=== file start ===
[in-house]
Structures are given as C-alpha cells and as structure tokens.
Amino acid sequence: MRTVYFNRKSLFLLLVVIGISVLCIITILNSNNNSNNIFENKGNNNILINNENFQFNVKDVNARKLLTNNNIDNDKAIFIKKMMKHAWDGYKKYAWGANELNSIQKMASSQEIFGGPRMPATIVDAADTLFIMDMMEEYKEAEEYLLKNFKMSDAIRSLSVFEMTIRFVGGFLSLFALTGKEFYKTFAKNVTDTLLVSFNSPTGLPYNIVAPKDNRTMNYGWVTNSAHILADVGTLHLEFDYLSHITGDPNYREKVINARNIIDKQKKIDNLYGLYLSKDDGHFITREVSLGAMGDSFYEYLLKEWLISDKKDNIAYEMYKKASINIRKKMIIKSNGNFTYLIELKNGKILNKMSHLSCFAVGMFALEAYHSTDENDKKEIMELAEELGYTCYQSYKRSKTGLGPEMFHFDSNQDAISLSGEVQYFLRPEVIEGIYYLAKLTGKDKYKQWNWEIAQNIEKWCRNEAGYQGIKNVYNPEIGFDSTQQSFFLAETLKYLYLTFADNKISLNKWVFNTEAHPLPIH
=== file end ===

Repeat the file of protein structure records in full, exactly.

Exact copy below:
[in-house]
Structures are given as C-alpha cells and as structure tokens.
Amino acid sequence: MRTVYFNRKSLFLLLVVIGISVLCIITILNSNNNSNNIFENKGNNNILINNENFQFNVKDVNARKLLTNNNIDNDKAIFIKKMMKHAWDGYKKYAWGANELNSIQKMASSQEIFGGPRMPATIVDAADTLFIMDMMEEYKEAEEYLLKNFKMSDAIRSLSVFEMTIRFVGGFLSLFALTGKEFYKTFAKNVTDTLLVSFNSPTGLPYNIVAPKDNRTMNYGWVTNSAHILADVGTLHLEFDYLSHITGDPNYREKVINARNIIDKQKKIDNLYGLYLSKDDGHFITREVSLGAMGDSFYEYLLKEWLISDKKDNIAYEMYKKASINIRKKMIIKSNGNFTYLIELKNGKILNKMSHLSCFAVGMFALEAYHSTDENDKKEIMELAEELGYTCYQSYKRSKTGLGPEMFHFDSNQDAISLSGEVQYFLRPEVIEGIYYLAKLTGKDKYKQWNWEIAQNIEKWCRNEAGYQGIKNVYNPEIGFDSTQQSFFLAETLKYLYLTFADNKISLNKWVFNTEAHPLPIH